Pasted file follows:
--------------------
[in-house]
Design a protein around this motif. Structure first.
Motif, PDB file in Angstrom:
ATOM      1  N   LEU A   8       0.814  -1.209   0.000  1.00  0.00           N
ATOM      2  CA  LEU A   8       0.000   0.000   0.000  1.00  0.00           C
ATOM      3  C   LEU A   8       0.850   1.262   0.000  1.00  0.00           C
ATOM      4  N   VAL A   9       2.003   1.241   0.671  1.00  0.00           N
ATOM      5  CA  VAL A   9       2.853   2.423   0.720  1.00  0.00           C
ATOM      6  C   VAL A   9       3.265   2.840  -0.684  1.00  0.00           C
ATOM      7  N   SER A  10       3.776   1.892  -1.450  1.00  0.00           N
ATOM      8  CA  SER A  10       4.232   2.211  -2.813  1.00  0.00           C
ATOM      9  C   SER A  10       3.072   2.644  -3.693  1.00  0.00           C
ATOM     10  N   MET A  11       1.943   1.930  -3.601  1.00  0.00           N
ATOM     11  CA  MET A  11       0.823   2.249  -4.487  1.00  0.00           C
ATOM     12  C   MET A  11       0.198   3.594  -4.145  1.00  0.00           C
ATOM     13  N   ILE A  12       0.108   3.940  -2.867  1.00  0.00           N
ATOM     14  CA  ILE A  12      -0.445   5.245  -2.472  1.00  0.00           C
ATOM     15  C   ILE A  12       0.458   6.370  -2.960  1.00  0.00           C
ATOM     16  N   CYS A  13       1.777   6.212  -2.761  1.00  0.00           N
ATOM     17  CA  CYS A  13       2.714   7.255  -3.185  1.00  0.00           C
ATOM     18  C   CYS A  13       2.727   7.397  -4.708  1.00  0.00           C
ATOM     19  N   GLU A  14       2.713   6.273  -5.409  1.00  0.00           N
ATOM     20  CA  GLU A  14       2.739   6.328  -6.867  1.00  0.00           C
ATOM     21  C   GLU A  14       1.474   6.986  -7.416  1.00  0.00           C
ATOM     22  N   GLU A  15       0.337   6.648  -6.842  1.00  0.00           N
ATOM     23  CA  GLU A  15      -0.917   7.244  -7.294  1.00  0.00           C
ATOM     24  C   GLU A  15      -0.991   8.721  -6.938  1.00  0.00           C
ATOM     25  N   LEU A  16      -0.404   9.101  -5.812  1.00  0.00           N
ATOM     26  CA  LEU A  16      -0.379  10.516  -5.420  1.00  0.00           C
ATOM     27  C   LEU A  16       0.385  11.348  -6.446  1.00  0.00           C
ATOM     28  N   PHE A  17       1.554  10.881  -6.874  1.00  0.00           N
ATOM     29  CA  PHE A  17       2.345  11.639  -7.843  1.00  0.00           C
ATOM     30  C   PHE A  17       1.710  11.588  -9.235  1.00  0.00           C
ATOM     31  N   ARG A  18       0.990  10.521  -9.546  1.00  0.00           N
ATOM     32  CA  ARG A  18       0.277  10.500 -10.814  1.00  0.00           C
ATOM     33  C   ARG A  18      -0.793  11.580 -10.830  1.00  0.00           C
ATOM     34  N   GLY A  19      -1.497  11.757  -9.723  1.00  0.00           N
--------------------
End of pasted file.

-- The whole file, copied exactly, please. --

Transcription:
[in-house]
Design a protein around this motif. Structure first.
Motif, PDB file in Angstrom:
ATOM      1  N   LEU A   8       0.814  -1.209   0.000  1.00  0.00           N
ATOM      2  CA  LEU A   8       0.000   0.000   0.000  1.00  0.00           C
ATOM      3  C   LEU A   8       0.850   1.262   0.000  1.00  0.00           C
ATOM      4  N   VAL A   9       2.003   1.241   0.671  1.00  0.00           N
ATOM      5  CA  VAL A   9       2.853   2.423   0.720  1.00  0.00           C
ATOM      6  C   VAL A   9       3.265   2.840  -0.684  1.00  0.00           C
ATOM      7  N   SER A  10       3.776   1.892  -1.450  1.00  0.00           N
ATOM      8  CA  SER A  10       4.232   2.211  -2.813  1.00  0.00           C
ATOM      9  C   SER A  10       3.072   2.644  -3.693  1.00  0.00           C
ATOM     10  N   MET A  11       1.943   1.930  -3.601  1.00  0.00           N
ATOM     11  CA  MET A  11       0.823   2.249  -4.487  1.00  0.00           C
ATOM     12  C   MET A  11       0.198   3.594  -4.145  1.00  0.00           C
ATOM     13  N   ILE A  12       0.108   3.940  -2.867  1.00  0.00           N
ATOM     14  CA  ILE A  12      -0.445   5.245  -2.472  1.00  0.00           C
ATOM     15  C   ILE A  12       0.458   6.370  -2.960  1.00  0.00           C
ATOM     16  N   CYS A  13       1.777   6.212  -2.761  1.00  0.00           N
ATOM     17  CA  CYS A  13       2.714   7.255  -3.185  1.00  0.00           C
ATOM     18  C   CYS A  13       2.727   7.397  -4.708  1.00  0.00           C
ATOM     19  N   GLU A  14       2.713   6.273  -5.409  1.00  0.00           N
ATOM     20  CA  GLU A  14       2.739   6.328  -6.867  1.00  0.00           C
ATOM     21  C   GLU A  14       1.474   6.986  -7.416  1.00  0.00           C
ATOM     22  N   GLU A  15       0.337   6.648  -6.842  1.00  0.00           N
ATOM     23  CA  GLU A  15      -0.917   7.244  -7.294  1.00  0.00           C
ATOM     24  C   GLU A  15      -0.991   8.721  -6.938  1.00  0.00           C
ATOM     25  N   LEU A  16      -0.404   9.101  -5.812  1.00  0.00           N
ATOM     26  CA  LEU A  16      -0.379  10.516  -5.420  1.00  0.00           C
ATOM     27  C   LEU A  16       0.385  11.348  -6.446  1.00  0.00           C
ATOM     28  N   PHE A  17       1.554  10.881  -6.874  1.00  0.00           N
ATOM     29  CA  PHE A  17       2.345  11.639  -7.843  1.00  0.00           C
ATOM     30  C   PHE A  17       1.710  11.588  -9.235  1.00  0.00           C
ATOM     31  N   ARG A  18       0.990  10.521  -9.546  1.00  0.00           N
ATOM     32  CA  ARG A  18       0.277  10.500 -10.814  1.00  0.00           C
ATOM     33  C   ARG A  18      -0.793  11.580 -10.830  1.00  0.00           C
ATOM     34  N   GLY A  19      -1.497  11.757  -9.723  1.00  0.00           N